The clinical trials for these low doxepin doses demonstrated that it was especially beneficial for sleep maintenance, including the final third of the night. Although the elimination half-life of doxepin is ~15 hours, next-morning sedation was not a major problem. That may be due to the low dose, but possibly also because of circadian-timed, wake-promoting effects of other neurotransmitter systems at a person’s typical morning wake up time.

The Silenor prescribing information suggests initial 6 mg doses for adults and 3 mg for elderly patients to be taken within 30 minutes of bedtime, but not within 3 hours of a meal.4 Pharmacokinetic studies demonstrated that the postdose peak serum concentration in fasting healthy subjects taking the 6 mg dose occurs after ~3.5 hours. It was delayed a further 3 hours when the dose was taken following a high-fat meal.4

Somnolence/sedation, nausea, and upper respiratory tract infection were the treatment-emergent adverse reactions in the clinical trials occurring in ≥2% of the low-dose doxepin subjects compared with the placebo groups. The contraindications are hypersensitivity to the ingredients, co-administration with a monoamine oxidase inhibitor, and untreated narrow angle glaucoma or severe urinary retention. There is no black-box warning for suicidality, as exists with the higher doxepin doses. However, the warnings and precautions do note the potential for worsened depression and an increased suicide risk; CNS-depressant effects; and abnormal thinking, behavioral changes, and complex behaviors (eg, “sleep driving” and hallucinations). It is Pregnancy Category C. Abrupt discontinuation of the medication is not associated with a withdrawal syndrome.4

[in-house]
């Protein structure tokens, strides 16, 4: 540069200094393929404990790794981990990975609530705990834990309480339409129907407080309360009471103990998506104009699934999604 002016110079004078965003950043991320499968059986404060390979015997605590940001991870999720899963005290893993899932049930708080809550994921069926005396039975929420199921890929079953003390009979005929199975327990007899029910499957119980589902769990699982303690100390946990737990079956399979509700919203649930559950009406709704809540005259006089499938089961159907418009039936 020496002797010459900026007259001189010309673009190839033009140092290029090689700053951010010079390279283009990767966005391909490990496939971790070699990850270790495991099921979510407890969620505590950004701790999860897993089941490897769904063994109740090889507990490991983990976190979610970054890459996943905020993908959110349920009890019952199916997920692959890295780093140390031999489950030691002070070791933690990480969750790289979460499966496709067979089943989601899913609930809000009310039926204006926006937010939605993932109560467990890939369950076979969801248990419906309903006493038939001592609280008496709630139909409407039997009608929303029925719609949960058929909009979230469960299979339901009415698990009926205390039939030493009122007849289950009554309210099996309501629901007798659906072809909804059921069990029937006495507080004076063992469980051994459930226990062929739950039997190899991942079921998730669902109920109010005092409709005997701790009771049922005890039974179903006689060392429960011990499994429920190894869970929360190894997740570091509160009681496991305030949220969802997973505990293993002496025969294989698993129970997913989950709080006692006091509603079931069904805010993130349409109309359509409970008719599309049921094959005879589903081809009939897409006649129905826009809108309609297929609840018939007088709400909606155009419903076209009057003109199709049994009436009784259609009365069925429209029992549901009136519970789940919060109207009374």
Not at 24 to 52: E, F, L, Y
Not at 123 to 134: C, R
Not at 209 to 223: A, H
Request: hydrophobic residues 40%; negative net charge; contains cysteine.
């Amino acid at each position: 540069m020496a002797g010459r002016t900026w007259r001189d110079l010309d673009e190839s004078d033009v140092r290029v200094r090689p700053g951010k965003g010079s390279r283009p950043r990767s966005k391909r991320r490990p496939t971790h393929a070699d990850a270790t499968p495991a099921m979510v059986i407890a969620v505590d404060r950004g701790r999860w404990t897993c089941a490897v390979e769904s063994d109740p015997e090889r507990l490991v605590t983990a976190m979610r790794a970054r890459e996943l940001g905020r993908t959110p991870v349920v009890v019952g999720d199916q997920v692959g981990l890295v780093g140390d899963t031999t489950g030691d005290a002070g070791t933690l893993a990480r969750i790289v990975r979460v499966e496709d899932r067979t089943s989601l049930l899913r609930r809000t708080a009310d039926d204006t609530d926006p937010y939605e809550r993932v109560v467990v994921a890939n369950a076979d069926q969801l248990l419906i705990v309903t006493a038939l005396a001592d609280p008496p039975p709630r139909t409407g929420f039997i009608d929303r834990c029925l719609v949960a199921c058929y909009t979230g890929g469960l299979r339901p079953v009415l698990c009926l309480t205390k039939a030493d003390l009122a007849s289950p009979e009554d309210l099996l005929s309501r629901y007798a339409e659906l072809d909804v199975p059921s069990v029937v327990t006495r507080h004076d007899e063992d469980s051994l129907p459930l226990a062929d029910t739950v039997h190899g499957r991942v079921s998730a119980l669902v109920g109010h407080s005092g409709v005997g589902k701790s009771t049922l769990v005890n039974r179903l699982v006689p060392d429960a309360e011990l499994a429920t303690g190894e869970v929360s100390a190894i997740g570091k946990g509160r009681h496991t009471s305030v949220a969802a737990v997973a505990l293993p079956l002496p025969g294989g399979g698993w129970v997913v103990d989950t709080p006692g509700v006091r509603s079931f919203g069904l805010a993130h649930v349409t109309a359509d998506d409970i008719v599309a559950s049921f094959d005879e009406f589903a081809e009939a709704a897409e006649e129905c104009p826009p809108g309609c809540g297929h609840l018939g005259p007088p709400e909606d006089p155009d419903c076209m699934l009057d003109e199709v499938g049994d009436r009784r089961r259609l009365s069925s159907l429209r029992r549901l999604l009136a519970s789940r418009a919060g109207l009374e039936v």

Commentary

These three recently approved insomnia medications all have new features, although each is based upon previously available compounds with well-established pharmacodynamic properties. While the zolpidem indications are for sleep-onset difficulty and the low-dose doxepin for sleep maintenance, the benefits for individual patients may not be entirely predictable. Some patients taking the zolpidem formulations likely will experience improved sleep maintenance, just as some using the low-dose doxepin will fall asleep more rapidly. New additions to our insomnia pharmacopoeia certainly are welcome. The low-dose doxepin provides another nonscheduled option. The new zolpidems may offer some dosing flexibility.